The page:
Celtic Illumination, part 39, Big Jed, Pascal and a black hole
By now some of you may think that the level of brutal violence that I had to face, on a daily basis, was extreme. It was. You may also think that it may perhaps be too extreme, especially when I was being prepared to be a world leading Master Candle Maker, the Chief of the O Neill Clan and the King of Ireland. The secret cabal who organised my training didn’t think so. From the moment I could understand, if not before, I had been told that my mother had died giving birth to me and that my father, a recently qualified professional, had gone abroad to further his career, knowing that I would be able to access better medical care and enjoy a better education if I stayed in Ireland. They could never remember which country my father had gone to or exactly what profession he had ‘recently qualified in’.
Almost every day I would look at the line of cars on the Belfast to Dublin road and wish that one of the cars would be driven by my father, my biological father, and that he would sail up the long avenue to Violent Hell, and take me away to safety. It never happened and I do think that the secret cabal who organised my training had sent me to Violent Hell to allow me to experience the bitter loneliness that many of my people might experience. So that on taking up my role as King of Ireland I could begin to effectively protect and help the elderly and the persecuted. In order to maximise the experience, they placed an uncle of mine, the other priest, at Violent Hell.
One of the ‘nice’ things that could happen to you at Violent Hell is that a priest would invite two or three boys to his room for the entire second study period where they would watch television and enjoy tea and biscuits. I promise you I never heard one whisper about malicious intent or perverted behaviour during my time there. My uncle had been brought back from the missions in Africa as he was to undergo an operation on his throat. He taught me physics yet I was never invited to my Uncle’s room. He never spoke to me, apart from once when he told me that my paternal grandmother was dead and we were to go to the funeral the next day.
So as you can imagine the levels of loneliness I was experiencing was intense, now put on top of that the oppressive violence I was subjected to and simmer for a couple of years.
I remember once I had gone to Ireland for a short holiday. I was with my favourite aunt and she was asking me what had gone wrong at Violent Hell. The simple equation that one of the top academic schools in Northern Ireland plus one of the highest IQ’s in Northern Ireland being brought together equals zero did not compute. All her brothers had attended Violent Hell; she had even considered sending her own son there. I began to explain about the oppressive brutality there and was actually naming the priests. I began to speak about one priest, who I considered to be the most violent of the lot, Big Jed.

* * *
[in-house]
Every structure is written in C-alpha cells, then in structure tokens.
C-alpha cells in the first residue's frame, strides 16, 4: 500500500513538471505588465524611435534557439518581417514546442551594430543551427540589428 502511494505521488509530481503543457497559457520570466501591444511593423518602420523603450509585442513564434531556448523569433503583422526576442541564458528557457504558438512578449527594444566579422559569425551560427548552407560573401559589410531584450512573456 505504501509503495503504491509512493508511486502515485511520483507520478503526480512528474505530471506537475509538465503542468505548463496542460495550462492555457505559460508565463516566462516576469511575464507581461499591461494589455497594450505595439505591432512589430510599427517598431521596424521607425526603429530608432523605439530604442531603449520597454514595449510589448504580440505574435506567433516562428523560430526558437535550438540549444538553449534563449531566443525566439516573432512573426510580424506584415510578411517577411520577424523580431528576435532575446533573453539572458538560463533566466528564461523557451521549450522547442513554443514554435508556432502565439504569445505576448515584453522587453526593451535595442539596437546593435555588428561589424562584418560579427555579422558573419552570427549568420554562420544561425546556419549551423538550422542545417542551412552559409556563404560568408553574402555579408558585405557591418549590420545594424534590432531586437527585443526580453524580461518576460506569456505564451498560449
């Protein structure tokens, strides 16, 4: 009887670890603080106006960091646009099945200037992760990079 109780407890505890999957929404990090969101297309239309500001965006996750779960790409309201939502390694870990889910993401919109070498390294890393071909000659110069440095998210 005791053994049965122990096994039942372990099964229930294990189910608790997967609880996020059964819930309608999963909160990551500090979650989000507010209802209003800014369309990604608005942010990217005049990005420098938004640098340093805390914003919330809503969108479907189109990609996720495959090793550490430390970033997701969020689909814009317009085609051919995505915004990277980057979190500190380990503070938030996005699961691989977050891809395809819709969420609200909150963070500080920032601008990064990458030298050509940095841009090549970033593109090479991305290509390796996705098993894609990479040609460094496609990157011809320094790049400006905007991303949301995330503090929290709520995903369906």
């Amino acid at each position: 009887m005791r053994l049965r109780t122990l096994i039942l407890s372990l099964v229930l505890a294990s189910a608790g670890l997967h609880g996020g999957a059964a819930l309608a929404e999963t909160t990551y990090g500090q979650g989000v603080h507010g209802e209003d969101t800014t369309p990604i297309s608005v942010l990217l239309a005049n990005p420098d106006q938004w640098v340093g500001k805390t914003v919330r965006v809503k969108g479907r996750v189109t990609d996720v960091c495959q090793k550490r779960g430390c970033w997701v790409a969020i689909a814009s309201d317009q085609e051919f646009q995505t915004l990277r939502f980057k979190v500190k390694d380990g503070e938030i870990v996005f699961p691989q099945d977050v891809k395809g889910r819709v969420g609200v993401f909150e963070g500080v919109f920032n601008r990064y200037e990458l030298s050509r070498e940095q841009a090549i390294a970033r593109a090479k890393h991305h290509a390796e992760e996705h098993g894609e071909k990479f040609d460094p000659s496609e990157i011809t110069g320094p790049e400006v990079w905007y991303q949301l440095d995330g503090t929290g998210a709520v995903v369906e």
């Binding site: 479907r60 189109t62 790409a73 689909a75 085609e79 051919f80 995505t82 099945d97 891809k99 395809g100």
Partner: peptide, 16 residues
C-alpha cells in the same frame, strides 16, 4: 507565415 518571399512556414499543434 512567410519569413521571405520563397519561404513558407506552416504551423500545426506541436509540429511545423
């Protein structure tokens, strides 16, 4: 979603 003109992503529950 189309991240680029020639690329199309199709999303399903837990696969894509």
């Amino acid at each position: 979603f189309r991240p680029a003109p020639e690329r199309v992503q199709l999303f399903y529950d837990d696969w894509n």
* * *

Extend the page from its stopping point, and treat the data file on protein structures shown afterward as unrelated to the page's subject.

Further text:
This was a country boy made good. Jed ran the school farm and taught Latin. Most schoolchildren remember teachers throwing perhaps a small piece of chalk at them. In one of the second year classrooms was a hole in the blackboard where Big Jed had thrown a blackboard duster at a boy who was supposed to be declining a verb on the blackboard. The hole remained there for a good number of years and some said it was to remind us what would happen if we got it wrong.
I explained to my favourite aunt how this animal was so short sighted that we, when being punished by him, would try to pull or push our hand so that the cane would hit our hand and not our arm or shoulder. Big Jed, if he noticed, would take this as cowardice and really lay into you. My aunt looked at me and nodding toward the local church just across the road from her house said, “Well he’s my parish priest now, but he’s all right as long as he takes his medication.”
Once he called a distant cousin of mine, Pascal, to the front of the class and began to slap him with a cane on the hand. Pascal moved his hand to try and catch the blows. Big Jed became furious and began to lash Pascal’s legs with the cane. Pascal entered into, and began to suffer, an epileptic fit. As he writhed on the floor Big Jed continued to attack him thinking that the boy had the audacity to fight back. At least Pascal’s parents had the moral courage to go to the school tell the priest what they thought of them and took Pascal away to a place of safety.
I do not know how it came about but suddenly the priests were not allowed to carry concealed weapons. They still held them in their day rooms, but they were not allowed to take them into the classrooms, nor were they allowed to launch into us with their boots and fists. It must have been nice for the new boys joining the school but for those of us who had suffered, under the old regime, we still lived in fear.